Intrathecal drug delivery uses a pump to deliver small doses of pain medication directly to the fluid surrounding the spinal cord via a small catheter. A catheter is a small, soft tube.
Intrathecal drug delivery has been shown to be effective for patients with chronic, intractable pain not controlled with common pain treatments. Pain signals travel along the spinal cord to the brain. This intervention delivers pain medication directly into the intrathecal space (the area surrounding the spinal cord) to block pain signals. Therefore, only a small quantity of pain medication is required and fewer side effects are experienced when compared to taking oral medication.
Clinical studies have shown that patients who do not obtain adequate pain relief with high doses of oral pain medication can achieve significant pain control with intrathecal drug delivery.
The pump is surgically placed under the skin of the abdomen. The catheter is also surgically placed under the skin in your back. One end of the catheter is connected to the pump and the other end lies in the intrathecal space. The intrathecal space contains spinal fluid that bathes the spinal cord. Pain medication is delivered from the pump through the catheter into the spinal fluid.
The pump contains medications for treating pain. These medications may be local anaesthetic, opioids or a combination of both.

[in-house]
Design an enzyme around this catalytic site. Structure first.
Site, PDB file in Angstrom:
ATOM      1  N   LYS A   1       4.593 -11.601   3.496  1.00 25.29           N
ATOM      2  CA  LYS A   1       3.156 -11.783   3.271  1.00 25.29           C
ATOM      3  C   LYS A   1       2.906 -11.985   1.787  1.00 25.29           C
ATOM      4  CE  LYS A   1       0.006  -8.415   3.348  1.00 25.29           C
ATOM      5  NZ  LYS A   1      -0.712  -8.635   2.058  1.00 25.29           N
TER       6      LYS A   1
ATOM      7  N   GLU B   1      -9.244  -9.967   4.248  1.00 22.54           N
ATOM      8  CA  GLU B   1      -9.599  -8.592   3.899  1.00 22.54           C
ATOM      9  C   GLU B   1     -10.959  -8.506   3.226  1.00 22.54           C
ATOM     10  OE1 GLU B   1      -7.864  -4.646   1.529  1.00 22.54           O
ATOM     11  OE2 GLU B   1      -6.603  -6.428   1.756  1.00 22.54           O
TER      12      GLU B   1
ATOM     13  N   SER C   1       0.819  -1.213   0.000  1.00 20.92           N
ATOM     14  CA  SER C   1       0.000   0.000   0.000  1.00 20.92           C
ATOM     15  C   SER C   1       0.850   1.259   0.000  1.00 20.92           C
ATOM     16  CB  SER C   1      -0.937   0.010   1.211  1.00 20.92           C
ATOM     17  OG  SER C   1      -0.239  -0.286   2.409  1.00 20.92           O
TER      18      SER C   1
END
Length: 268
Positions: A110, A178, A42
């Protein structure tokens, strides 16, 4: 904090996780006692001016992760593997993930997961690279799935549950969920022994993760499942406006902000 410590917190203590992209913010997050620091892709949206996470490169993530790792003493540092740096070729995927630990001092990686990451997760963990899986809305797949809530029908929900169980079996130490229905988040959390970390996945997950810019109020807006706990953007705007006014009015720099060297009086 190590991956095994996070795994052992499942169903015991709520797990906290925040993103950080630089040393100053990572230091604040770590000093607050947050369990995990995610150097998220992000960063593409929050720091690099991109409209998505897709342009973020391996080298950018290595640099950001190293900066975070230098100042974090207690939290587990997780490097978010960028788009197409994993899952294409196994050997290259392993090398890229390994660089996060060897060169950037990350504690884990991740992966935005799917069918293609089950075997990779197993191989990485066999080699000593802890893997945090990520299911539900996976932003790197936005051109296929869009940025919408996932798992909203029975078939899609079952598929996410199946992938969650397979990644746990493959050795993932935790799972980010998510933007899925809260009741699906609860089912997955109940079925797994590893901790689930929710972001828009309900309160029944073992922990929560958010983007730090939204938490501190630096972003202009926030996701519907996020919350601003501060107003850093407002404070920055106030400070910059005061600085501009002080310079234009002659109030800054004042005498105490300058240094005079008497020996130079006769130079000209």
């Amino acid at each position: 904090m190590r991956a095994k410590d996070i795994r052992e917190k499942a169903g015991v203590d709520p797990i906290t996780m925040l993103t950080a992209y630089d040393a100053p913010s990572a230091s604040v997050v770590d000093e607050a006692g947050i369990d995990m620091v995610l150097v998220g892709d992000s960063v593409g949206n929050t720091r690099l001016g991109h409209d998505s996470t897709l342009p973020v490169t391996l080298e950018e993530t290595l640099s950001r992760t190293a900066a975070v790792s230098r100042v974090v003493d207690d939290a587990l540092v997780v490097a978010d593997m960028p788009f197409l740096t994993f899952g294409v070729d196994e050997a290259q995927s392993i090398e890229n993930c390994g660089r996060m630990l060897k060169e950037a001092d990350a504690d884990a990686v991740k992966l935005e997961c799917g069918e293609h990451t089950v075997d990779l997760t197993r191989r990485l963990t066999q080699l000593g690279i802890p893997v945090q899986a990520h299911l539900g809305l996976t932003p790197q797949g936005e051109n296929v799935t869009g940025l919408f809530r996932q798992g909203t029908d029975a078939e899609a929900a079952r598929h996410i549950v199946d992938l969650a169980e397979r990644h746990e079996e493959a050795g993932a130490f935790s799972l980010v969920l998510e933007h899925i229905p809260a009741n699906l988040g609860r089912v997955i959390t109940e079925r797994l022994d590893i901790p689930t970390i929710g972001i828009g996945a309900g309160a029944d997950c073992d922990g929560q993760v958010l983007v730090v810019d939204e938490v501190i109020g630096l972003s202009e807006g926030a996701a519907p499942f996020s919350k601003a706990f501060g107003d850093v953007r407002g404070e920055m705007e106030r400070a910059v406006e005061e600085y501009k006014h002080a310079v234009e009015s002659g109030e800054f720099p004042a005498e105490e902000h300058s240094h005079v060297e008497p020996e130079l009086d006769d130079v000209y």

The pump has to be refilled with medication every 2 or 3 months, depending on how much you require a day. It is refilled during an outpatient visit and the process takes about 10 minutes.
It is important to discuss with your pain specialist whether your pain condition will respond to intrathecal drug delivery. Some conditions that have been treated with this intervention include cancer pain, chronic arachnoiditis, intractable abdominal pain and back pain. If your pain specialist thinks that you are a suitable candidate, he or she may perform a trial using a temporary intrathecal catheter to infuse pain medication. If you have good pain control to this test, your doctor will talk to you about a procedure to permanently implant a pump and catheter.
The information provided on this page does not replace information from your healthcare professional. Please consult your healthcare professional for more information.
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